I am going to give a very basic outline about dog urine in or on wood. Two situations that you might have are:
1. Dog urine in or on hardwood flooring and 2. Dog urine in or on wood subfloor (plywood, particle board, chipboard). In this article I am going to address hardwood flooring such as oak. If your nice oak or similar hardwood flooring is installed well and sealed well, with a quality sealer then the urine will be on and not in the wood. In this case you can use a mild cleaner and wipe the spot up with no damage to the wood. If the urine is fresh use a neutral or alkaline spotter that is safe for hardwood. If the urine is dry and there are alkaline salt crystals present use an acid base spotter that is safe for hardwoods. You can then apply an odor neutralizing spotter to eliminate any possible odor.
If the dog urine has started to penetrate into the wood then you will need to sand the surface of the wood to remove the urine. You need to sand until the stain is gone and reseal the floor.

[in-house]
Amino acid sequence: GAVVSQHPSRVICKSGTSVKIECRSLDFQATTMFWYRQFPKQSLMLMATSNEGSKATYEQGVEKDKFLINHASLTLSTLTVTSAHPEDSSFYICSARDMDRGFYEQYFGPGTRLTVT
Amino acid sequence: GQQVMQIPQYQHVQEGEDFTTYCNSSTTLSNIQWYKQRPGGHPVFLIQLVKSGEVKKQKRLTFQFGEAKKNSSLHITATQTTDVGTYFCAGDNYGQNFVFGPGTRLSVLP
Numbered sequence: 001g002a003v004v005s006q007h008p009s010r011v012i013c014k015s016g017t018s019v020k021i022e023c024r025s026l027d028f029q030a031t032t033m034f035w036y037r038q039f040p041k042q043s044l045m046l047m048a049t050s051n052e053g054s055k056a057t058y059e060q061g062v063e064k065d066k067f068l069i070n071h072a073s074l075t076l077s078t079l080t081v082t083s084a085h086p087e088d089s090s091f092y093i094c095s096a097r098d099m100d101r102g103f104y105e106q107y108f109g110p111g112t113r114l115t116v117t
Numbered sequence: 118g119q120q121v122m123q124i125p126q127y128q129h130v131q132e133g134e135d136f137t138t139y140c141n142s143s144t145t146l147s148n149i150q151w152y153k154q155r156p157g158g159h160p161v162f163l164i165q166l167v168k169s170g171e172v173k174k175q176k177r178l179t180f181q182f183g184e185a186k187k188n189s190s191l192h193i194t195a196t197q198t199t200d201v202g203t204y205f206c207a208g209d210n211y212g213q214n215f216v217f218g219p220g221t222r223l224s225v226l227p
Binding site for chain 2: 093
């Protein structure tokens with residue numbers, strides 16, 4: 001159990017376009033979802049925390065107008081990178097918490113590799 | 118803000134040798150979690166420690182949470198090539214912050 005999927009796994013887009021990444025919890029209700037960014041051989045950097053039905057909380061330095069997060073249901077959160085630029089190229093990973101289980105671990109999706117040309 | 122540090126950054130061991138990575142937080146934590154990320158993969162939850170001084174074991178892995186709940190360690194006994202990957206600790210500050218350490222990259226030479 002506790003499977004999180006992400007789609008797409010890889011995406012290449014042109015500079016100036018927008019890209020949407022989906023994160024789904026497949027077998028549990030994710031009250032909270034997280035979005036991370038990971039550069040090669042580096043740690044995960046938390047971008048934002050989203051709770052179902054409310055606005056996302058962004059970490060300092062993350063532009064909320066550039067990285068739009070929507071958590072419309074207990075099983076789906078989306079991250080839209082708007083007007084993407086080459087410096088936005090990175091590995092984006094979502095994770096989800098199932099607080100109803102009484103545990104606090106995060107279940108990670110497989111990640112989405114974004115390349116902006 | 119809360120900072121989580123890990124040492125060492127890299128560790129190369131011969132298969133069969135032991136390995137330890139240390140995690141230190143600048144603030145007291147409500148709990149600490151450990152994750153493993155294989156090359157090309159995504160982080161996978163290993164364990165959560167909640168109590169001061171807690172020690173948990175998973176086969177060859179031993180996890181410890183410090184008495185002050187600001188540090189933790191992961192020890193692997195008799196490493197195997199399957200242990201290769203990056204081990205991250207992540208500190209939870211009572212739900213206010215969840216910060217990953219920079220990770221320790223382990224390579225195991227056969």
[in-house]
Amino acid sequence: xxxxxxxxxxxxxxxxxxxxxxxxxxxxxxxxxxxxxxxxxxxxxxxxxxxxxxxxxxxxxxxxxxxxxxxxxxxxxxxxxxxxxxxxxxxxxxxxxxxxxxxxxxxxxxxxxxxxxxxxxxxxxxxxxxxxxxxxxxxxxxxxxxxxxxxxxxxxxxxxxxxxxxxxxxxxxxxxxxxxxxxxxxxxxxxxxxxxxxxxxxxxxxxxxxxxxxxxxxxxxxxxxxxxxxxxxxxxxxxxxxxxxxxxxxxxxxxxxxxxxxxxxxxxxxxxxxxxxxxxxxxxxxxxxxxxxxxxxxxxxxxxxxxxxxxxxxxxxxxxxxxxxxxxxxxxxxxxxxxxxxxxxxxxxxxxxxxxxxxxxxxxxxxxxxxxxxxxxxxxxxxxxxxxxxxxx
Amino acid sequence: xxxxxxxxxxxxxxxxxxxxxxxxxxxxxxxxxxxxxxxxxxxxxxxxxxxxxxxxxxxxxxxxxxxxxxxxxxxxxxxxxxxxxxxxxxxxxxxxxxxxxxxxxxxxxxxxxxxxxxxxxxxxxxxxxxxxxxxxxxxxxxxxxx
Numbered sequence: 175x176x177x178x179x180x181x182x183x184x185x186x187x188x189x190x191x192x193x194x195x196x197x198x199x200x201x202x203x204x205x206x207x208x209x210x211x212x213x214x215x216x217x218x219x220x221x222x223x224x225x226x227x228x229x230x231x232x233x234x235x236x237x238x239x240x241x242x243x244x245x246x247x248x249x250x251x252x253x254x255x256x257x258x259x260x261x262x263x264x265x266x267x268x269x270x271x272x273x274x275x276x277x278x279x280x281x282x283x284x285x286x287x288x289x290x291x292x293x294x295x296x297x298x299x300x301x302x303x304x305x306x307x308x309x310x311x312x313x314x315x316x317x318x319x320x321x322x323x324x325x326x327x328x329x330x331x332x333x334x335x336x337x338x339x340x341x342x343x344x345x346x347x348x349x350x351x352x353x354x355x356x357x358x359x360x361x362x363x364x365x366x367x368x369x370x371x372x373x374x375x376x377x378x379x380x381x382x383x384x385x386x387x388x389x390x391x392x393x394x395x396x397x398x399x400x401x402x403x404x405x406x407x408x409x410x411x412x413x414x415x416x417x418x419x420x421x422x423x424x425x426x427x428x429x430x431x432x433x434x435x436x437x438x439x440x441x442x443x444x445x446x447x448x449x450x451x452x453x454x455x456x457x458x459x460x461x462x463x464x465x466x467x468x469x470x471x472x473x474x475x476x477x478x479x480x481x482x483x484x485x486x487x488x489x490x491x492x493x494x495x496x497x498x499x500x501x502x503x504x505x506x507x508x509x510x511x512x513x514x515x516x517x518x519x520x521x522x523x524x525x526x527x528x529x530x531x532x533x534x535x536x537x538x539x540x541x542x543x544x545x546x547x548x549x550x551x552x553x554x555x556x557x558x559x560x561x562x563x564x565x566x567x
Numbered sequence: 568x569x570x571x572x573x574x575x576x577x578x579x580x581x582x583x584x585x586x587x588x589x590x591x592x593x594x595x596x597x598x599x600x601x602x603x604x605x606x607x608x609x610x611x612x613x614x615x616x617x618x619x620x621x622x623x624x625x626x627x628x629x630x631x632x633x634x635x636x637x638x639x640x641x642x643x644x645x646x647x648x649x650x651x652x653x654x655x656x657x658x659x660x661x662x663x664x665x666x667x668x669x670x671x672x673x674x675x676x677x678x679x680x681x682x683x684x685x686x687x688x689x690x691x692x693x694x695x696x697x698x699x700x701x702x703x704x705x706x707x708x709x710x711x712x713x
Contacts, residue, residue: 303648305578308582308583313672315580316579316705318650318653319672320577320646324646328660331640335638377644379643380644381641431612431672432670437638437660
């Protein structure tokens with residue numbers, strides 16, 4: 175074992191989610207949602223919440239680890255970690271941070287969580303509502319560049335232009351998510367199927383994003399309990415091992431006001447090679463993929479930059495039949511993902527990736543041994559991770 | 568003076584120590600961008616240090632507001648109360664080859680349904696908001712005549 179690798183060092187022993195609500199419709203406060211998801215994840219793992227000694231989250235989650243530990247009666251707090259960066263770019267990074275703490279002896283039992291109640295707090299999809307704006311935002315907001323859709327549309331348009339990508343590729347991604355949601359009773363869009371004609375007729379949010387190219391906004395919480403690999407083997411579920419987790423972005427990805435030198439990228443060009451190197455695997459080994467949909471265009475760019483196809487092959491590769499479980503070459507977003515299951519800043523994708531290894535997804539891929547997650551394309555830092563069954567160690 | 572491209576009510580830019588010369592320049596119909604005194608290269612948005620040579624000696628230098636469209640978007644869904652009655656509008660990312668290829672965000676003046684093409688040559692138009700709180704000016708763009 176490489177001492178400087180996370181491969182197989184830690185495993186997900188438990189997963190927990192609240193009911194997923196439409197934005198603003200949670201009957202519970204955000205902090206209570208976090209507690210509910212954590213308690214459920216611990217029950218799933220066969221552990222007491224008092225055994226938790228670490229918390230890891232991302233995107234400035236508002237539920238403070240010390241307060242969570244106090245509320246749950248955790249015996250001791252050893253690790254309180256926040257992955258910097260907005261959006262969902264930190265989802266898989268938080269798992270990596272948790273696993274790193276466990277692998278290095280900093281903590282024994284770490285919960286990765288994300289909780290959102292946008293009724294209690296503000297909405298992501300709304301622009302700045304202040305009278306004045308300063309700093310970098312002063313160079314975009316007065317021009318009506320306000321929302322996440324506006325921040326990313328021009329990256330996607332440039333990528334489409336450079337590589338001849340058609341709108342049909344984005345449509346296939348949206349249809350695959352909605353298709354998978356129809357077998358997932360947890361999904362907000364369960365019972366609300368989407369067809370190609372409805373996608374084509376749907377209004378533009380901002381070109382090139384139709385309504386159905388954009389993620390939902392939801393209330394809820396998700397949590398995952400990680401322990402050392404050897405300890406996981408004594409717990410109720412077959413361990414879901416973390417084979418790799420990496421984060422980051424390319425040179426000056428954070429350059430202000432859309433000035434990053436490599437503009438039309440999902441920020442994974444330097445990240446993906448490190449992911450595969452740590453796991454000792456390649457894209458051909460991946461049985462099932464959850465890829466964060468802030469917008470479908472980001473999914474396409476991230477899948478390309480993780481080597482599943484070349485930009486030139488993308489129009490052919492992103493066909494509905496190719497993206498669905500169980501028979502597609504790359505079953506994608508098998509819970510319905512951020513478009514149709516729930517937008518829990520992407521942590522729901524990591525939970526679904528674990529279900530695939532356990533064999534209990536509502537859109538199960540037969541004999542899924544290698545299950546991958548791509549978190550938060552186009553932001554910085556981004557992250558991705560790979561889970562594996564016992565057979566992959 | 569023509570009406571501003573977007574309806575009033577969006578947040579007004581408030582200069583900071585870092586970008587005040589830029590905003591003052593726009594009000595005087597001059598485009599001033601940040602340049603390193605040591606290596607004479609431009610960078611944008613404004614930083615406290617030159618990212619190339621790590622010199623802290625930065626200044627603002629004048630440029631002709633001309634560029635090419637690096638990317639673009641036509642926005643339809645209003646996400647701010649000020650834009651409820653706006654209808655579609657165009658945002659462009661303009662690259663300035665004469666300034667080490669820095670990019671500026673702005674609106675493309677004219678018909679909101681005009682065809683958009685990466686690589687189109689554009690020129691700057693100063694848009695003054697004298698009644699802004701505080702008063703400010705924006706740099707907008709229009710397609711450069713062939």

If the urine has buckled the floor to the point it can not be sanded enough to correct the problem then you need to replace or hire a floor repair company to replace those pieces of wood that are damaged. Replacing individual boards is fairly common for professional hardwood companies. You will need to match the wood as close as you can so it blends in. This can be a challenge. You may need to re-stain the floor slightly darker to make the new wood match in sufficiently with the existing floor. Contact your local fire and flood restoration contractor, he will probably know a good hardwood contractor for this purpose.